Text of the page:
The Israeli photographer Adi Nes is dealing with questions about identity in his work. On December 12th the exhibition Narratives opened at Fotografiska in Stockholm.
Nes is portraying his own experiences of the complex political situation in Israel, being homosexual, growing up in a small village, born of immigrant Jews from Iran and his time in the army. When looking at his pictures, you get the feeling that you have just pressed the pause button in a middle of a film scene.
The best way to understand how I work is to think of film making
Adi Nes stage his pictures. He sets up a story, hiring models and using props to get the right mood in the photos. He describes himself as a scriptwriter and a director working with a team. It is often a long process of getting the right light and atmosphere in the pictures. The story being told is usually connected to Adi Nes own life, and the motives often refer to biblical scenes or well-known pictures in art history.
I start to make art in the point of who I am. I picture the struggle that we all have in ourselves.
The exhibition Narratives at Fotografiska displays four of Adi Nes series of work: Boys, Soldiers, The Village and Biblical Stories.
The series Boys pictures a time in life when identity of a young person is being formed. In the photos, Adi Nes returns to his own youth and questions about identity he had growing up. Great deals of what is being portrayed in Boys signify the Greek mythology, such as Narcissus, mirroring himself in the water. Nes is questioning what makes us to who we are; he is picturing different aspects in the life of young boys.
In the series Soldiers, Adi Nes continues portraying the development of young men’s identity. He explains that it is a significant time for young men in Israel, and that it is a time in life that forms your persona. Adi Nes himself served in the army and explains that he has a double relationship to the military culture. In one way he is very drawn to the macho- culture, and in one way he rejects it’s ideal. Israel is a country where the presence of war is constant and the army is a big part of the Israeli society. This, of course creates norms and values in society connected to the life in the army.
Adi Nes pictures is often said to be homoerotic and he is also known for casting models with Arabic appearance, because of his own ethnic background. But the artist doesn’t want to provoke his audience, for him the photos are more about identity.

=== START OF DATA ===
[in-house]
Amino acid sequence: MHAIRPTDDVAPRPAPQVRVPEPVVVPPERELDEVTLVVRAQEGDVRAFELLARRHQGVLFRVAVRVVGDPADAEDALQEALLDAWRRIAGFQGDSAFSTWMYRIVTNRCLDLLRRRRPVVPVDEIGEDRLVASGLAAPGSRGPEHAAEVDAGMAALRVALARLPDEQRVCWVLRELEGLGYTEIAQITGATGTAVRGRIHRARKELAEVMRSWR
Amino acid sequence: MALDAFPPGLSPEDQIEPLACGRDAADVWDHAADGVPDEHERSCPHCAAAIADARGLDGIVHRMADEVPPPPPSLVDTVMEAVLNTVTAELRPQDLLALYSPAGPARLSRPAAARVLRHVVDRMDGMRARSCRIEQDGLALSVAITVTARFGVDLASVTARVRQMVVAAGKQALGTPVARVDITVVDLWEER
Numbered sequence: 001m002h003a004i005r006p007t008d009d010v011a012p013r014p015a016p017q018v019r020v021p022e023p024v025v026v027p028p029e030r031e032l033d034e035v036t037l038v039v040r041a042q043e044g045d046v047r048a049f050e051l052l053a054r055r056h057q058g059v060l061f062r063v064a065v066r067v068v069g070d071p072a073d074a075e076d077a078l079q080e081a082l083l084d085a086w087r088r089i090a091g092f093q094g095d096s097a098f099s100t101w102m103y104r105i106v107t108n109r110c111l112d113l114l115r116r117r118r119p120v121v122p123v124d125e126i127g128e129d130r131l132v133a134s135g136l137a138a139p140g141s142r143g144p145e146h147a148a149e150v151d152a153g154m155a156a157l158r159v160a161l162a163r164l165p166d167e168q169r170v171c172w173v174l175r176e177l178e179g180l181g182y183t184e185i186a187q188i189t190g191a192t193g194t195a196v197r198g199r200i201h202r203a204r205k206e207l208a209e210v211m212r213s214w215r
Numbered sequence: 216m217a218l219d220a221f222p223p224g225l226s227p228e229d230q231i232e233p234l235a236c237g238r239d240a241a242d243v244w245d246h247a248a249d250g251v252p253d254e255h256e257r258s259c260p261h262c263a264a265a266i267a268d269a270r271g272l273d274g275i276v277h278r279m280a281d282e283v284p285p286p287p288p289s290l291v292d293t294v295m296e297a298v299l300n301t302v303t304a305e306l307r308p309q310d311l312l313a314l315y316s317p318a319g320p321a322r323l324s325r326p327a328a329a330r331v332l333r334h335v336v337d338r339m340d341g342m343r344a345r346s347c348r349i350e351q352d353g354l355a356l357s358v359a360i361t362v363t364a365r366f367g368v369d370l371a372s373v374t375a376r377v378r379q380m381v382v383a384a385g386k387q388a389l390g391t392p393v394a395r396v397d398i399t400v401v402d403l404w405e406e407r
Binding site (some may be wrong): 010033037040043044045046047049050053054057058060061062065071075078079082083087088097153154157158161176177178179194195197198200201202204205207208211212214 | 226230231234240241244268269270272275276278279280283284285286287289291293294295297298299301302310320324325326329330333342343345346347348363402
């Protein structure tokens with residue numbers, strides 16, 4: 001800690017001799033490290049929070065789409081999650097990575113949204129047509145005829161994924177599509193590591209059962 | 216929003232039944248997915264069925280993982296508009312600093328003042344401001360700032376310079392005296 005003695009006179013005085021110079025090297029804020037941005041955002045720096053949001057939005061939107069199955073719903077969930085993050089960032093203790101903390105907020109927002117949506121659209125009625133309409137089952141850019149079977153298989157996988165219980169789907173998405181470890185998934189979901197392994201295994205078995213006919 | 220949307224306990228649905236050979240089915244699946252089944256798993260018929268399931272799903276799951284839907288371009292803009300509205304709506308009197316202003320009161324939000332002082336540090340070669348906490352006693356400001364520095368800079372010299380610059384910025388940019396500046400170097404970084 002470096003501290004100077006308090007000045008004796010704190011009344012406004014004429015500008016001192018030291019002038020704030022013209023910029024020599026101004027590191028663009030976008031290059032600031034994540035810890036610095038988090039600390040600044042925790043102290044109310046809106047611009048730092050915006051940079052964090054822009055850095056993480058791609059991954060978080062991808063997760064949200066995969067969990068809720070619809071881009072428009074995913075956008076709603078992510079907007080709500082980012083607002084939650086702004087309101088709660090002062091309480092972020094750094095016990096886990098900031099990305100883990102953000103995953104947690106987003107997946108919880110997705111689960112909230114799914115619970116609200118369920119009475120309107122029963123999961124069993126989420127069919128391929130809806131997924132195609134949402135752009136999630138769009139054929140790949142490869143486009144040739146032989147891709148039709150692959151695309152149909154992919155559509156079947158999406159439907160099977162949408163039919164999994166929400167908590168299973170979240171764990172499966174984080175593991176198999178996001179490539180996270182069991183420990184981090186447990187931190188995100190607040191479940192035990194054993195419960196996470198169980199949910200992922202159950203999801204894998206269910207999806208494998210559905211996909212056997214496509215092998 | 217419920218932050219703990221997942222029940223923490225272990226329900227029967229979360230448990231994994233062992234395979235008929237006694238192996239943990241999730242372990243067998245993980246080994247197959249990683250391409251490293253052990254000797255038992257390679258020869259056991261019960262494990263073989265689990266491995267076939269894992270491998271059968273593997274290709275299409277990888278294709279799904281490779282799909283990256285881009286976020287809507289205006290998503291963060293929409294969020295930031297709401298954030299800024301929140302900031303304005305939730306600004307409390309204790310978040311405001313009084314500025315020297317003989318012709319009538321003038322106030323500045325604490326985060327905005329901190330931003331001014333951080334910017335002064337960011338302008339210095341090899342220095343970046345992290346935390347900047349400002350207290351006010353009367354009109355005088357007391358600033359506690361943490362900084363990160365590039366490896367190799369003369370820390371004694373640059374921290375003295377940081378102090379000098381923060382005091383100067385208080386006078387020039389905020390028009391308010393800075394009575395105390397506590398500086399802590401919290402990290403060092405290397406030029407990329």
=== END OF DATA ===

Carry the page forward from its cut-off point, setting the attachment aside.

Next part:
The series The Village goes back to Adi Nes growing up on the countryside.
The Village represents Israel.
He describes Israel as a small place created after a catastrophe and that it is build as a village. Everyone in Israel has a tragedy in his or her family. He means that the tragedy can be the Holocaust or the conflict with Palestine, there is always a story that forms people’s identity. The village life can be explained in two ways, Adi continues. One is under the sun and close to nature. The other type of life being led is with the influence of strong ethics and moral. This explains how, in villages, identity and norms are being formed much stronger.
The series Biblical Stories was created after a critical point of Adi Nes life. It was in a time of war between Israel and Palestine, and the film industry and advertising business was suffering from economical crisis. Adi Nes lost his jobs and at the same time broke up with his boyfriend after a long-term relationship. He thought about moving from Israel, maybe to New York where the galley representing his work is located. But then he realized, that his artistic identity was too connected to Israel. He could not take pictures of Israel out of Israel.
The Hebrew is such a big part of my heritage
By using local urban environments and amateur models, Nes pictures an up – to date version of the bible by bringing the stories in to the present and reality. He focuses on displaying homeless people and scenes from the reality at the streets of Tel Aviv. Adi Nes wanted to question who the protagonist of the bible was. The pictures do not show the high points of the bible, but the traveling moments. The questions remains: who is the hero?
The exhibition Narratives by Adi Nes is produced as a collaboration between Fotografiska and the photographer himself. It is Adi Nes first exhibition in Scandinavia and will be displayed at Fotografiska in Stockholm until Mars 8th 2015.